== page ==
Effects of Applied Music Composition and Improvisation Assignments on Sight-Reading Ability, Learning in Music Theory and Quality in Soprano Recorder PlayingPublic Deposited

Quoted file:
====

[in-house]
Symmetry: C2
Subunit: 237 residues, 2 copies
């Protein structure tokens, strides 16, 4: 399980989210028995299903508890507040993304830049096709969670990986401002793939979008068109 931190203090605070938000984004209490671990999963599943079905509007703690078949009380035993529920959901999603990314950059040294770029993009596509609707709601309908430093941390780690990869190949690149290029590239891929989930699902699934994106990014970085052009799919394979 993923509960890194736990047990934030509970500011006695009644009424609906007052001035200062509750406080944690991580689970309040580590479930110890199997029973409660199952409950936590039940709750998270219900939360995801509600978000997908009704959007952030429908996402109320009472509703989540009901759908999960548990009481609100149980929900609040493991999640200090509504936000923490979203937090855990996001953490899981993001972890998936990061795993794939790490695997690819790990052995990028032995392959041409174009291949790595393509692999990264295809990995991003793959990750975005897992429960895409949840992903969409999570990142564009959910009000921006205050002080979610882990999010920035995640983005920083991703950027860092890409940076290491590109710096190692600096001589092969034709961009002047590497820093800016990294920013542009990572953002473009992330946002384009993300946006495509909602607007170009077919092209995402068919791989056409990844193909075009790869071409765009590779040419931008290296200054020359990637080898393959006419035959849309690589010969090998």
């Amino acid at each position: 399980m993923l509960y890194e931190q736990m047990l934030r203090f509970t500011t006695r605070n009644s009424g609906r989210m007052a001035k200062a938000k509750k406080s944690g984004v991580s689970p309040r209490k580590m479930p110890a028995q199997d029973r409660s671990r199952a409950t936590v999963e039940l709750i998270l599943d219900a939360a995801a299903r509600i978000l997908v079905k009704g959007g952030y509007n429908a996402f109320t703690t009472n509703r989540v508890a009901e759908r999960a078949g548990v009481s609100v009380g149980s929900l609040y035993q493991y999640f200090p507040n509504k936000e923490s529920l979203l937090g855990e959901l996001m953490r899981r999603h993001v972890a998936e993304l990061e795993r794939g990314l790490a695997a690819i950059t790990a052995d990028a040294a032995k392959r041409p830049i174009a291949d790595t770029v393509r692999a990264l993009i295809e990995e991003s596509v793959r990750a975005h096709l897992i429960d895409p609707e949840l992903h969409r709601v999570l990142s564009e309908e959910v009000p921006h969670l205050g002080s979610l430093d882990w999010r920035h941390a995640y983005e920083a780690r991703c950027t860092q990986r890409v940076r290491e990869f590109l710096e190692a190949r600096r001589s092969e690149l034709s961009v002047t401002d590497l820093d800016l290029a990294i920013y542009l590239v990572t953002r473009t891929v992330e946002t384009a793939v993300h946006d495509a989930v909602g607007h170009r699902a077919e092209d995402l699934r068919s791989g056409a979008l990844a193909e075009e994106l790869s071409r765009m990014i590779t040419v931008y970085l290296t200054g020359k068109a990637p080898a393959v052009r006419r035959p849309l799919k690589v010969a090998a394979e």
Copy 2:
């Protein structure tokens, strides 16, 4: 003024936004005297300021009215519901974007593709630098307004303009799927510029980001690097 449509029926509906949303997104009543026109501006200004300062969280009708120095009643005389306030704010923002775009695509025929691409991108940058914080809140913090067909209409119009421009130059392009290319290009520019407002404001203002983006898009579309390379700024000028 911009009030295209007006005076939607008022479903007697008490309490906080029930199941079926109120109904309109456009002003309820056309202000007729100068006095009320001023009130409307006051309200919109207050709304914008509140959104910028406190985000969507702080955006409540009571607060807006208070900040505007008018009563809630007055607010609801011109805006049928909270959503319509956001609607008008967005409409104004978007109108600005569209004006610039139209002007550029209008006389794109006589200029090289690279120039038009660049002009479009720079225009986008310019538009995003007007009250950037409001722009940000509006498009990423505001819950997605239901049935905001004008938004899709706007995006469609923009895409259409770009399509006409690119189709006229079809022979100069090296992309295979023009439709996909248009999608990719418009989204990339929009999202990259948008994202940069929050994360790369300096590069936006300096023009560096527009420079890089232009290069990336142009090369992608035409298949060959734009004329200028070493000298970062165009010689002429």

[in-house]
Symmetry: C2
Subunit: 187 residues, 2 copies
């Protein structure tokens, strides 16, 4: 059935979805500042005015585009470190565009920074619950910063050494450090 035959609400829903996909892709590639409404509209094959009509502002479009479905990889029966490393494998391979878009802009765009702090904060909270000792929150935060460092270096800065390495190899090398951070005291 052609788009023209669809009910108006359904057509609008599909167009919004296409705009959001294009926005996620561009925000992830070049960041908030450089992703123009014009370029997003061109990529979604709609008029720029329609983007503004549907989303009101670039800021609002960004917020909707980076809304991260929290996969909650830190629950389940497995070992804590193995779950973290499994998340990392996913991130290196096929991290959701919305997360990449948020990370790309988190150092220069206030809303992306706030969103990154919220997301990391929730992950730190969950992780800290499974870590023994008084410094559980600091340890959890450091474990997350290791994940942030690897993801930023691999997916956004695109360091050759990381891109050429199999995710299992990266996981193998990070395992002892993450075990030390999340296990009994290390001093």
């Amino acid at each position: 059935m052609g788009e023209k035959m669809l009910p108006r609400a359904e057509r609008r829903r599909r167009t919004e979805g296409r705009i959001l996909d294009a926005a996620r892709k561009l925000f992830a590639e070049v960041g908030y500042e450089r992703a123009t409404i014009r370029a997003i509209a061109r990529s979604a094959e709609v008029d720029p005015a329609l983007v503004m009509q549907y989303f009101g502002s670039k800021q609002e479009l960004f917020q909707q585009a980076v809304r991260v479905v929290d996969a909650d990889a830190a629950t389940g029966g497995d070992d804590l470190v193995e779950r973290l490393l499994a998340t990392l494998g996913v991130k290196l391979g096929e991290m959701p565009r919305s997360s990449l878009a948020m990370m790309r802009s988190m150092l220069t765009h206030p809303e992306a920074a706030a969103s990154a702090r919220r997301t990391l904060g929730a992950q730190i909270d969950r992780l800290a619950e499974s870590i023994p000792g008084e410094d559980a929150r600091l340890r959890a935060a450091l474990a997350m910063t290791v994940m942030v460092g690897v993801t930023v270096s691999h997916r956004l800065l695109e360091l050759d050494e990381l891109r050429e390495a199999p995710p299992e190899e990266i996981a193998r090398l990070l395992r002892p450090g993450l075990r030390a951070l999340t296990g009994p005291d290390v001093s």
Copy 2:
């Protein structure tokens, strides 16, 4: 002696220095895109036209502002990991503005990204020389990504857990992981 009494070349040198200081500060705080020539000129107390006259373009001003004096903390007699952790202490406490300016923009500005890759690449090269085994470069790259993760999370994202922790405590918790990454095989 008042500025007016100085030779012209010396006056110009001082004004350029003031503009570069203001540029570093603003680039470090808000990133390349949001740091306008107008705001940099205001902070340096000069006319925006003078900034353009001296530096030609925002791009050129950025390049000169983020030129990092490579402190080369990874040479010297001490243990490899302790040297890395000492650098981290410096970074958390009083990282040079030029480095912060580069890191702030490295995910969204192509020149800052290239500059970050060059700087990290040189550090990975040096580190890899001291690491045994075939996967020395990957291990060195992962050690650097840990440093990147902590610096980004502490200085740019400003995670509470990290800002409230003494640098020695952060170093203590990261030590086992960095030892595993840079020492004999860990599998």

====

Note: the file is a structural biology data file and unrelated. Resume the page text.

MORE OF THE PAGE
The purpose of this study was to examine the effects of applied improvisation and composition assignments that were related to and reinforcing of curriculum content on fifth-grade students' ability to sight-read traditional music notation, ability to learn to play the soprano recorder, and understanding of music theory. Specifically, the research questions sought to determine whether there would be a difference in student achievement in these areas of music study when given the same curriculum content and delivery of instruction, one group reinforced their learning through repeated practice and the other group through applied improvisation and composition assignments. The subjects were 46 fifth-grade students in two, heterogeneously grouped classes. The students completed the Gordon Intermediate Measures of Music Audiation and a pretest of music theory (written music understanding) at the onset of the 18-week study and performance exams in playing and sight-reading on the soprano recorder and a posttest of music theory at the completion of the study. Three experienced music educators evaluated the students on criteria using five-point, rating scales. Results on the Gordon IMMA showed the groups had comparable music aptitude. Means on the posttests for performance exams in playing and sight-reading and for written music understanding were compared using independent t tests. In addition, pretest scores on the music theory measure were compared to the posttest scores for each of the groups to determine gains. No significant differences in mean scores were found between the two groups on posttest scores and the sight-reading and playing evaluations however the results showed that both groups made a significant gain in music theory. Mean scores for the sight-reading and playing indicated that the control group scored at the 89th percentile on both measures and the experimental group scored at the 91st percentile on playing and 88th percentile on sight-reading. A major result of the study is that the inclusion of composition and improvisation activities during music class did not negatively affect sight-reading, playing or music theory understanding.